Examples of early and recent Mode 1 Arctic science are too numerous to describe in detail, but collectively these studies emphasize that a considerable portion of Arctic science, now and in the past, appears to be rather distant from community concerns and involvement. Much Arctic research is conducted in locations that are physically distant from communities and places that community members frequently visit (e.g., Abnizova and Young 2010), involves geological time periods that are temporally distant from the experience and oral histories of contemporary people (e.g., Swanson 2006), involves physical and biological phenomena that are distant from the primary interests and knowledge of local people (e.g., Gradinger and Bluhm 2010), and involves methodologies that are distant from the expertise and interests of nonscientists (e.g., Laidler et al. 2008).
Factors contributing to the heterogeneity of research approaches in Arctic science
The mode of knowledge production varied by researcher organization, discipline, and region, but not according to the extent of research focus on global environmental change. These contributing factors are presented in order of their explanatory power from most influential to least influential.
Studies with lead authors from local and territorial governments were positioned closer to Mode 2 than studies with lead authors from federal governments, universities, and other organizations including the private sector. In fact, lead author organization was the strongest mode predictor in our statistical analysis. The average mode score across all five criteria was 1.6 for articles with a first author from a local government, 1.3 with a first author from a territorial government, and 1.1 with a first author from a university or federal government. The number of studies with lead authors from local and territorial governments has increased over time, but these studies remain a small proportion of the papers published in Arctic
, representing fewer than 7% of papers published between 2008 and 2010. Within our sample, examples include education research from the late 1990s (Stenton and Rigby 1995, Norton and Kassam 1997) and wildlife management studies from the last decade (O’Hara et al. 2003, Person et al. 2007), which actively engaged communities in every aspect of the research process. It is not surprising that papers with lead authors from local and territorial governments tend toward Mode 2 in heterogeneity, especially because they often involved authors and funding from other levels of government and/or universities. However, these papers also tended to be more oriented toward questions of relevance at the local level, focused on participatory approaches, and inclusive of traditional knowledge and community forms of quality control (Agrawal 1995, Wolfe et al. 2007).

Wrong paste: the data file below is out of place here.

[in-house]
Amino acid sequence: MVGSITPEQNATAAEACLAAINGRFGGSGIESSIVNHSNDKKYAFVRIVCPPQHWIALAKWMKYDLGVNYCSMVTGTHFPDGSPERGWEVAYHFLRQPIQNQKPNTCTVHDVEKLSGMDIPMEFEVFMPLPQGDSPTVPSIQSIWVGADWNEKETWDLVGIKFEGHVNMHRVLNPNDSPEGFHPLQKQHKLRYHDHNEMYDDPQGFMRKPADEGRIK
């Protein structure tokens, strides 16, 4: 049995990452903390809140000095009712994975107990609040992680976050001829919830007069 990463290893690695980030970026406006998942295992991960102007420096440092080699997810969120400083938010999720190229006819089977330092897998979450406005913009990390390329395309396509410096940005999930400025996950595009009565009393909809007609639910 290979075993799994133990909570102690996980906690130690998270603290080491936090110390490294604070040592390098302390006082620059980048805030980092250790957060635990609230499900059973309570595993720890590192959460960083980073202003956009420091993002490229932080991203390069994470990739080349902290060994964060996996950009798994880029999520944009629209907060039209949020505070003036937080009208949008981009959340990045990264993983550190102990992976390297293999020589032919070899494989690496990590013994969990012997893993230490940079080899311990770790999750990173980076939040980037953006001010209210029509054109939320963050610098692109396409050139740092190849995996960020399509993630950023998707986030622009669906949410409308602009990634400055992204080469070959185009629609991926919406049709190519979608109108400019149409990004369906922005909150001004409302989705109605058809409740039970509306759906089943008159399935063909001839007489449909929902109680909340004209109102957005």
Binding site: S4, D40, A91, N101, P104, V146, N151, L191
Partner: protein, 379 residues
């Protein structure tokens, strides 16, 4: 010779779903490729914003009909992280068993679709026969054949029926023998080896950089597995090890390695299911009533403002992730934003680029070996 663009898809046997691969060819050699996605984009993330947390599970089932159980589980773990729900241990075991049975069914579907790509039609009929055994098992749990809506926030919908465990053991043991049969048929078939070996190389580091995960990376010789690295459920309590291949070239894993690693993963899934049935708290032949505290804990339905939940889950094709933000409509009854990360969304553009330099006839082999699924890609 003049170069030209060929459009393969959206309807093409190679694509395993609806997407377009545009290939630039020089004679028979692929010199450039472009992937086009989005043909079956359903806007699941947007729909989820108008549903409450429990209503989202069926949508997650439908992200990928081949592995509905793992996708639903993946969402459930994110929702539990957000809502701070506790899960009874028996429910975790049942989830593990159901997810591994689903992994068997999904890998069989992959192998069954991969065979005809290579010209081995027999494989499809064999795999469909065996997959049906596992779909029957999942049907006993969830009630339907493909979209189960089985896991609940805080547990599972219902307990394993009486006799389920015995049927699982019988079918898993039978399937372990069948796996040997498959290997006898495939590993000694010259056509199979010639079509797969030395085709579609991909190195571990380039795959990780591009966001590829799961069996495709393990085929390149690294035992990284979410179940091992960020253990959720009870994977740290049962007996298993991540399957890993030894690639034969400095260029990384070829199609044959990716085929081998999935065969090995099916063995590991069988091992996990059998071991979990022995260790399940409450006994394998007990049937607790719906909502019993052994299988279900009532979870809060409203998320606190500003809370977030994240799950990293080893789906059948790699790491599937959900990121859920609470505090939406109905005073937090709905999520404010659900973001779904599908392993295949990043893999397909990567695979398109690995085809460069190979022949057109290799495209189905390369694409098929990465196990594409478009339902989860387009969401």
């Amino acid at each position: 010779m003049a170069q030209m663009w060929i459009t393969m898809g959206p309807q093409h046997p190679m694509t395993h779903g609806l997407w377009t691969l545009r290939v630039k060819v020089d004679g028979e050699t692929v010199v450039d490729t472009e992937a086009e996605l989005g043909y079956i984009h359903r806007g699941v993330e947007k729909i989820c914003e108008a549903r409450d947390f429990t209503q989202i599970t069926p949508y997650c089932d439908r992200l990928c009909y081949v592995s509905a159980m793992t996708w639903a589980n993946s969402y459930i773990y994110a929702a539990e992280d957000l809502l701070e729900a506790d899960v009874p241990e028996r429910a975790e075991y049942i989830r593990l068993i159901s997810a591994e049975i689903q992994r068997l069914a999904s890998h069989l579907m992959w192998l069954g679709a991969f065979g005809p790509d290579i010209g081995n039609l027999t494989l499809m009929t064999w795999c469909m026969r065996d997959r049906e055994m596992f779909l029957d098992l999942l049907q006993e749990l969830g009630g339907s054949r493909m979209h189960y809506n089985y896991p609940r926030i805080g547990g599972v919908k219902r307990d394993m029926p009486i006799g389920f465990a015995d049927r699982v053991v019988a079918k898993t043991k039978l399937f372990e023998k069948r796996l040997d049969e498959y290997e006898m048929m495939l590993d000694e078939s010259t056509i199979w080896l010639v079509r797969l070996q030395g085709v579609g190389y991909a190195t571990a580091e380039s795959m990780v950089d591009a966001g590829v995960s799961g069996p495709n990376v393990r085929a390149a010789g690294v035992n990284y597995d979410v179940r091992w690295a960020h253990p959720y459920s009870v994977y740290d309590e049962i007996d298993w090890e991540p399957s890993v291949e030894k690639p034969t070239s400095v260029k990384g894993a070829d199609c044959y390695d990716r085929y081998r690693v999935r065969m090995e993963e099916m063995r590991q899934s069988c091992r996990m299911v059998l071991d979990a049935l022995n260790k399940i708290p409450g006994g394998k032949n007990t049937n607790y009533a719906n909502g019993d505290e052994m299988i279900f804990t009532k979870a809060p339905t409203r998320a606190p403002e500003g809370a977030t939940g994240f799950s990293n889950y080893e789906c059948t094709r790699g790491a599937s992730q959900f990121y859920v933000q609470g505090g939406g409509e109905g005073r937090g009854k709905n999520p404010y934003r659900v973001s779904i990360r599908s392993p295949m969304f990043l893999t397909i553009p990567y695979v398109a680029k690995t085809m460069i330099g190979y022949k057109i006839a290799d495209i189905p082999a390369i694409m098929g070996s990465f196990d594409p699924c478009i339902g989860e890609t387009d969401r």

The integration of traditional knowledge in scientific studies has been found to play an important role in empowering local communities to engage in research and publish work themselves (Berkes 2008) and provides important insights for research (see Inuit Tapiriit Kanatami and Nunavut Research Institute 2007). Some studies have indicated that the rise of traditional knowledge has helped initiate a paradigm shift in the natural sciences (Agrawal 1995, Gearheard and Shirley 2007, Berkes 2008, Norton 2008, Bohensky and Maru 2011, Chaplin et al. 2013) characterized by respect for other knowledge systems and the acknowledgment that all knowledge is situated within specific historic and social contexts (Scott 1996). Although this shift goes beyond the scope of Arctic science, it does indicate that the phenomena under study are part of a larger process occurring globally. Further case studies in different contexts would be valuable.